A leading lawmaker on the House oversight committee is urging the Trump administration to pursue a court order freezing recent wire transfers to Pakistan made by Democratic IT staffers who are accused of stealing computer equipment from House lawmakers' offices and penetrating internal congressional networks, the Washington Free Beacon has learned.
Rep. Ron DeSantis (R., Fla.), an oversight committee member and chair of its national security subcommittee, petitioned Attorney General Jeff Sessions to disclose if federal investigators are moving to freeze recent wire transfers of nearly $300,000 by Imran Awan, a top IT staffer for Rep. Debbie Wasserman Schultz (D., Fla.) and scores of other Democrats who was recently arrested on charges of bank fraud.
Awan and several of his family members are believed to have stolen computer equipment used by Congress and penetrated sensitive networks linked to the House Foreign Affairs Committee and other networks.
Awan and others allegedly involved in the scandal remained on the congressional payroll for months after their activity became public, prompting calls by senior lawmakers for an independent investigation in Wasserman Schultz's handling of the situation.
Awan is also believed to have defrauded the House of Representatives by using taxpayer funds to buy computer equipment that is now missing.
DeSantis, who has spearheaded efforts to move forward with the probe into this scandal, told the Free Beacon on Thursday that the Trump administration must take immediate steps to freeze any assets that may have been transferred by Awan to Pakistan.
"The DOJ needs to do what it can to freeze proceeds from any illicit transactions made by Awan," DeSantis said. "Given the allegations against him it would be unthinkable that he'd be allowed to funnel hundreds of thousands of dollars to Pakistan."
In his letter to Sessions, DeSantis seeks to ascertain what steps the DOJ is taking to investigate Awan and his wife, Hina Alvi, who is also tied to the scandal.
"Given the alarming amount of funds that were wired to Pakistan, has the Department of Justice utilized the United States Department of Treasury Financial Crimes Enforcement Network (FinCEN) to investigate the financial records of Awan and Alvi to discover evidence of other potential crimes?" DeSantis asks.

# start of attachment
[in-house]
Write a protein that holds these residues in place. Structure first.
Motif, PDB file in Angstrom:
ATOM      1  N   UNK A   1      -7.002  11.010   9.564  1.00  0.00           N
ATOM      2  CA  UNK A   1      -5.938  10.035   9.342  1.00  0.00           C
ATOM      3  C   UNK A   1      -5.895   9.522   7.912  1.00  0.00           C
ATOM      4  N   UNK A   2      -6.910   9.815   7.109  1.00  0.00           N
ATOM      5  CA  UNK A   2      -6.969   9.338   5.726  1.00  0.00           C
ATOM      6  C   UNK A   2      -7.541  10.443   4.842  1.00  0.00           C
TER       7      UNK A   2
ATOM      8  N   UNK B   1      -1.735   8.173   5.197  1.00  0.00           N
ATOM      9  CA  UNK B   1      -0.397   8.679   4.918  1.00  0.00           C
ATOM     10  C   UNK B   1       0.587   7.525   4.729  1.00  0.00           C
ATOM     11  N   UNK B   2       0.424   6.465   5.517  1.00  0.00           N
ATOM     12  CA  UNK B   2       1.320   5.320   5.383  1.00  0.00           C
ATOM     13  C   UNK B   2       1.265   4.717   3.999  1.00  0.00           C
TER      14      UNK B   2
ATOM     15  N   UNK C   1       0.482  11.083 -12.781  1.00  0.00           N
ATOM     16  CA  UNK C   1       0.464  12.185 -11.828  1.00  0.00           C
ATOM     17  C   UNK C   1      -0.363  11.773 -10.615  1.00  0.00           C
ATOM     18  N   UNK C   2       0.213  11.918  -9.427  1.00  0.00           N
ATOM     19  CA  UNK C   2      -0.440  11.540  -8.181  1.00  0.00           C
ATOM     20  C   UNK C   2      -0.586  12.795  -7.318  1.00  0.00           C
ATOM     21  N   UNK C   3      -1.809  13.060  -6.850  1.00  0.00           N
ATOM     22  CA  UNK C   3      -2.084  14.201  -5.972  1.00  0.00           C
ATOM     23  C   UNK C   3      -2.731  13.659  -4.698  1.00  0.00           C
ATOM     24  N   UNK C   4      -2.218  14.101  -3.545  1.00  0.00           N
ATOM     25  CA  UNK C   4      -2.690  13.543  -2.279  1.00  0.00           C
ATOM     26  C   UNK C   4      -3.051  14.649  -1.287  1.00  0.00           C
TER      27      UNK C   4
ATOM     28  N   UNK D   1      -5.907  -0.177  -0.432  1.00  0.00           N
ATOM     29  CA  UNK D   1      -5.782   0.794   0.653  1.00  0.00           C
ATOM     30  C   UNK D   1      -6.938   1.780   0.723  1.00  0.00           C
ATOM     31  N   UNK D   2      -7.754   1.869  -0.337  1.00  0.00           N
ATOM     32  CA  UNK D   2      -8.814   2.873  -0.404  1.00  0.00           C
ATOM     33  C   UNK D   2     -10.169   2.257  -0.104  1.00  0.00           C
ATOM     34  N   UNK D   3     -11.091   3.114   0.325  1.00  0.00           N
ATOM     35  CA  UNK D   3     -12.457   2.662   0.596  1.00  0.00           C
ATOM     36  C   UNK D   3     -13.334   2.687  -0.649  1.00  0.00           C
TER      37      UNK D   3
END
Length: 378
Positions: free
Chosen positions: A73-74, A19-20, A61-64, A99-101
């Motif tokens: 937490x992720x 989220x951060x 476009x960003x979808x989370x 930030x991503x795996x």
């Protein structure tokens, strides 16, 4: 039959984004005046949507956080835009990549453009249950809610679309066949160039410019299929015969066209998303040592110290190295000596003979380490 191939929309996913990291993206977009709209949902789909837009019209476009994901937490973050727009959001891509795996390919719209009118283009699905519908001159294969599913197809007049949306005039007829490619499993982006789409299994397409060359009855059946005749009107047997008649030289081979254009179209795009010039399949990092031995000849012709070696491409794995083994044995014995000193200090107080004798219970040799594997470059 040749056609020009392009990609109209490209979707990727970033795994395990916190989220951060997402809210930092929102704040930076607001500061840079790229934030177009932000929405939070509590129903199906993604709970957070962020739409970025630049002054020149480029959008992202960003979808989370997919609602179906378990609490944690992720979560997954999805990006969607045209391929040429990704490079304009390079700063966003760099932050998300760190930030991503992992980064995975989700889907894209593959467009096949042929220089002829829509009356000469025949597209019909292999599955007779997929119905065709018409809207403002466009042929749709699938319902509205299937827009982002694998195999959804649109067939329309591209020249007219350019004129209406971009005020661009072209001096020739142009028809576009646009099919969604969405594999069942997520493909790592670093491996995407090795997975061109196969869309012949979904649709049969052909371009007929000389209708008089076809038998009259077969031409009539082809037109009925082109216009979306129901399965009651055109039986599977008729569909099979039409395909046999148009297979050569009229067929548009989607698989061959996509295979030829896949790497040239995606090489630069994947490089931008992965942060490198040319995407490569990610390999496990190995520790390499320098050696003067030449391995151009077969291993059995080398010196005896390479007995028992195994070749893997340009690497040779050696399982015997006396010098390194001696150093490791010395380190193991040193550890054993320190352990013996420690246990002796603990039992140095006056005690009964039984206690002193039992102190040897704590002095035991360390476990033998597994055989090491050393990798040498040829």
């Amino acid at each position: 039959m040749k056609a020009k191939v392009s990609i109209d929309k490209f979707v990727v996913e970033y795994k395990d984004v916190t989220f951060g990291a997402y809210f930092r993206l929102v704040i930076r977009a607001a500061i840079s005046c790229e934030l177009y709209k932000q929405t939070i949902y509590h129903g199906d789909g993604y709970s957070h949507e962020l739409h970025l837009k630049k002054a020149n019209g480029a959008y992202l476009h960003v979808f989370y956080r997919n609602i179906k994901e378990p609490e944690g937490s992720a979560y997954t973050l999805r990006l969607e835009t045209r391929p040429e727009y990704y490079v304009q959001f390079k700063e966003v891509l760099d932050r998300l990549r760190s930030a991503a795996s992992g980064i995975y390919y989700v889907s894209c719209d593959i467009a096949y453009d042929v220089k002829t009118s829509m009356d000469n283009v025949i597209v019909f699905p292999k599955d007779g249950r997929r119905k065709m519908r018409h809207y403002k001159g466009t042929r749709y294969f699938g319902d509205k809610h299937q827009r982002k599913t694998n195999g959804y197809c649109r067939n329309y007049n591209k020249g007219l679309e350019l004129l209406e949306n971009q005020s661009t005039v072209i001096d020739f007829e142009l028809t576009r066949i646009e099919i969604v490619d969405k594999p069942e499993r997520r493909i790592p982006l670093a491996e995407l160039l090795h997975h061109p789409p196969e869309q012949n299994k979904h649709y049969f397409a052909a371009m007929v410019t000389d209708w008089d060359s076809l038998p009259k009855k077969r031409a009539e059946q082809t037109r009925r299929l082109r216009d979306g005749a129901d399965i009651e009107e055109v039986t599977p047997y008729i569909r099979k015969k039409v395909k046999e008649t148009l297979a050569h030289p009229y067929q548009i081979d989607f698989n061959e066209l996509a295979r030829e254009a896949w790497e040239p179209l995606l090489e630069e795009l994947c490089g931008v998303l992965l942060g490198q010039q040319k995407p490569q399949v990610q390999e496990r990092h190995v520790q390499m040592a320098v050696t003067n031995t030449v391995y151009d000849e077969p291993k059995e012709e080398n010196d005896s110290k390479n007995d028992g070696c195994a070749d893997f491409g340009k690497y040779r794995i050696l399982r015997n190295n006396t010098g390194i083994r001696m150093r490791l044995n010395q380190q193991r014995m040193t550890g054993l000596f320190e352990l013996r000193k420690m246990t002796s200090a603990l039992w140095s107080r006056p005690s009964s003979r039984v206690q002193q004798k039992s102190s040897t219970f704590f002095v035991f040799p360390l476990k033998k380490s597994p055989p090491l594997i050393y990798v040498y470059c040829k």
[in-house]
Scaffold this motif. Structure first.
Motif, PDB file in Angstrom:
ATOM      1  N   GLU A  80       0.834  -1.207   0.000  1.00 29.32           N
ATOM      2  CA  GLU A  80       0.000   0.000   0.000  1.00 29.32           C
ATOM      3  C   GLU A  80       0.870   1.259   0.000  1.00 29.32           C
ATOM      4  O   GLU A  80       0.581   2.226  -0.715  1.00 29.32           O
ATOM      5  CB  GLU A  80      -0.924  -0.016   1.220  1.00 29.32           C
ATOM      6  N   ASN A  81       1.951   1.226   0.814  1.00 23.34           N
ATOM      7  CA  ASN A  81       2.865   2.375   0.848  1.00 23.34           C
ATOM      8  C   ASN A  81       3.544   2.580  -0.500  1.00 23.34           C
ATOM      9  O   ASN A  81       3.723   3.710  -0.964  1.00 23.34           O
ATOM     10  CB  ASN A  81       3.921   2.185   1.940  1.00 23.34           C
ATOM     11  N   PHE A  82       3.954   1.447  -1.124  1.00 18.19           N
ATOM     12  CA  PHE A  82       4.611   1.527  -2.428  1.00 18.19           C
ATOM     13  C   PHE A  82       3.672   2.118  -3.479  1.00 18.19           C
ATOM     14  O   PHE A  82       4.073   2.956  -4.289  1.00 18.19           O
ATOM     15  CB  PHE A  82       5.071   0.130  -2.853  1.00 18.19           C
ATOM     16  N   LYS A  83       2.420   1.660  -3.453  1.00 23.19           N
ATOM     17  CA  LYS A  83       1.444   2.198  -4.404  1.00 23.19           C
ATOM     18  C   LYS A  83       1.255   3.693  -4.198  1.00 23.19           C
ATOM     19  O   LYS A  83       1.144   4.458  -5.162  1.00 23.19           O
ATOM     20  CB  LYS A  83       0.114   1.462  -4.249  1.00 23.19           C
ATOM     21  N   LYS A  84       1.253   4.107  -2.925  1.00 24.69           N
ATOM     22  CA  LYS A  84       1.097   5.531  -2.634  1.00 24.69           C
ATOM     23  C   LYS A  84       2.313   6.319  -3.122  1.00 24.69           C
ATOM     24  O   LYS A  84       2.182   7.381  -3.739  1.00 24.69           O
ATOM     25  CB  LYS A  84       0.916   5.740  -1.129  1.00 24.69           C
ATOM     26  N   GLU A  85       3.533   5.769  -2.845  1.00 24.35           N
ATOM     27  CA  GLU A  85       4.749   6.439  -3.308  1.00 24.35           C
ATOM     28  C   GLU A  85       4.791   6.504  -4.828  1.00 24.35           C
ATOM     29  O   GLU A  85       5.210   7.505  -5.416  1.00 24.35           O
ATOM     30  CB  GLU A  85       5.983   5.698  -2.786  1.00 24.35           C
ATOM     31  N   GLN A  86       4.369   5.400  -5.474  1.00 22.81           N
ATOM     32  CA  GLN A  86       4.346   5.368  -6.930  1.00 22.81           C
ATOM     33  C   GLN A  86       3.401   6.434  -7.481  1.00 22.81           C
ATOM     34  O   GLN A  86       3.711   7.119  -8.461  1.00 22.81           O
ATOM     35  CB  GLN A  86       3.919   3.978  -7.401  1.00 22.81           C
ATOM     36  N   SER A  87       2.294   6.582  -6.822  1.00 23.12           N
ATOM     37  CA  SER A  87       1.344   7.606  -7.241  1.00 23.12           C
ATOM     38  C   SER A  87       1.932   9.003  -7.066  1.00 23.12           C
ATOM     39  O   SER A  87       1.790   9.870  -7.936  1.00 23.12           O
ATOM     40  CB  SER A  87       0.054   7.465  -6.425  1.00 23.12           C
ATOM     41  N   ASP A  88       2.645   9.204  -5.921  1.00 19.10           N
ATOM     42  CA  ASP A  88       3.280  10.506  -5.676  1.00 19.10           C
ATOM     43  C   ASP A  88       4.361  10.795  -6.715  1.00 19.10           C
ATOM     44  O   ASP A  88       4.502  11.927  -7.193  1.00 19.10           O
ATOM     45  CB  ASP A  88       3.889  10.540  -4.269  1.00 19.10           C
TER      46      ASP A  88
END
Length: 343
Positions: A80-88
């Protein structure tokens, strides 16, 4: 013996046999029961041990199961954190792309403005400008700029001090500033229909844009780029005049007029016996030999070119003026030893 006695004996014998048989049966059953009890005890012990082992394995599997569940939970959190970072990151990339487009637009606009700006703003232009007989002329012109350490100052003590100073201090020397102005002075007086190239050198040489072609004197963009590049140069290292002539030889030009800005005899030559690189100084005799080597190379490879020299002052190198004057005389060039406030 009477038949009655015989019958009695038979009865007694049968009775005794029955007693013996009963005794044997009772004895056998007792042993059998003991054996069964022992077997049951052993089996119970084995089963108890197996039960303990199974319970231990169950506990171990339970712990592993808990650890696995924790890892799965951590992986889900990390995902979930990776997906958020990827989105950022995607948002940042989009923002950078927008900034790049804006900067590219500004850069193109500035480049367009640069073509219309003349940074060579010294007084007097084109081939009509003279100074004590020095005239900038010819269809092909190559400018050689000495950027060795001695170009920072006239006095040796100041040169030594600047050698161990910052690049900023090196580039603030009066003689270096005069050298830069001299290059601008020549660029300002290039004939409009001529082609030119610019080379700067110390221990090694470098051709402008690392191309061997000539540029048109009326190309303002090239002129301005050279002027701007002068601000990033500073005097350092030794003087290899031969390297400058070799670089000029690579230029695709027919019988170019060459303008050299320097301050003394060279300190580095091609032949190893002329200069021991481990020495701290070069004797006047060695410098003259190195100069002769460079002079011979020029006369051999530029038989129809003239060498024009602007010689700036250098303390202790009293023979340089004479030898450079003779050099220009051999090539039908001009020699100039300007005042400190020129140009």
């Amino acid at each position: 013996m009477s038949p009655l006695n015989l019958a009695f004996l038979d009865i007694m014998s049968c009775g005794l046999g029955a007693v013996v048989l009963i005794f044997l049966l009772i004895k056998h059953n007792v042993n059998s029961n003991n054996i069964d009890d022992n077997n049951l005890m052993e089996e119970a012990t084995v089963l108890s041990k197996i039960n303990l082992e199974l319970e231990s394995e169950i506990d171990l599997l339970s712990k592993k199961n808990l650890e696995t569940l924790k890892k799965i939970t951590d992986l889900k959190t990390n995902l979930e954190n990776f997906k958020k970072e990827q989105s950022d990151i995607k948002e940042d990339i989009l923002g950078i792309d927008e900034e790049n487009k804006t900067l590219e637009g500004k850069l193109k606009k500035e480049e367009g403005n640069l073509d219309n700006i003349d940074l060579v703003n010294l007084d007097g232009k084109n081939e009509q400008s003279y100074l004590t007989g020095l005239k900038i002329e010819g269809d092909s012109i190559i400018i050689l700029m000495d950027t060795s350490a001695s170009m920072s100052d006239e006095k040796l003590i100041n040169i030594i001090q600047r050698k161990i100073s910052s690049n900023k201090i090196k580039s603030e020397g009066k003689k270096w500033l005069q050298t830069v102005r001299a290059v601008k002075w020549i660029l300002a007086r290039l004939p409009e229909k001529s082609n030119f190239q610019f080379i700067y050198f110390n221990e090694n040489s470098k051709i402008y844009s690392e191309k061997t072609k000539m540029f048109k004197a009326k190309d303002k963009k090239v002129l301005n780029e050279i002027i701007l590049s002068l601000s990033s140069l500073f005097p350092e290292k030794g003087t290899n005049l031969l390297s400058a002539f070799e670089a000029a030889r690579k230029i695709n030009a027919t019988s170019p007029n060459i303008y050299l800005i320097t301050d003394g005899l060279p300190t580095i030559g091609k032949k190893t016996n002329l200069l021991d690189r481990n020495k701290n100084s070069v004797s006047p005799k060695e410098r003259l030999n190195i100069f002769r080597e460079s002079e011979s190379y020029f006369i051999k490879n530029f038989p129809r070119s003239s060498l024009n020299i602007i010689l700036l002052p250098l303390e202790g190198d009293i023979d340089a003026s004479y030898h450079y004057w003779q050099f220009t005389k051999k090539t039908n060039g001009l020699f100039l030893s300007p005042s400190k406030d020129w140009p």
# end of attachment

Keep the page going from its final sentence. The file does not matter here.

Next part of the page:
"Have any U.S. financial institutions filed reports of suspicious activity on any bank account held by Awan or his wife?" the letter continues.
"Is the Department of Justice investigating whether any funds generated from the sale of stolen property of the House of Representatives were included as part of the wire transfer to Faisalabad, Pakistan?" DeSantis asks.
"Finally, will the Department seek a court order freezing the proceeds of any real estate transaction or from the sale of stolen technological equipment?"
DeSantis has described the situation as one of the biggest congressional scandals in the past 30 years, and other sources intimately familiar with the matter have told the Free Beacon that Congress has been roiled by the situation.
There is concern that sensitive information potentially obtained by Awan and other Democratic staffers could be used against lawmakers who may have been bound up in the penetration of sensitive congressional networks.
"I hope that we can work together to undo the serious damage done by these individuals while in the employment of the House of Representatives," DeSantis writes. "While we can never tolerate breaches of the public trust, the wire transfer to Pakistan is particularly alarming as Pakistan is home to numerous terrorist organizations. I look forward to your timely response into these matters."
The Free Beacon first disclosed earlier this week that Congress is seeking a brief from Capitol Police into their investigation of the situation, which some feel has proceeded too slowly.
Senior congressional sources say that investigators should set their sites on Wasserman Schultz, who has been accused of stonewalling on the matter. Some have even called for Wasserman Schultz to resign.
"The extent of the potential breaches has been made more clear" in recent weeks, according to one senior congressional source who would only speak on background when discussing the sensitive matter. "The inexplicable nature of the conduct of Wassermann Schultz and others has broadened" congressional interest.
Lawmakers are confused as to why Wasserman Schultz continued paying Awan and other staffers implicated in the breach for several months after this information came to light.
"At best for her that is gross misapplication of public funds that could merit resignation alone," the source said. "There's got to be more to that story."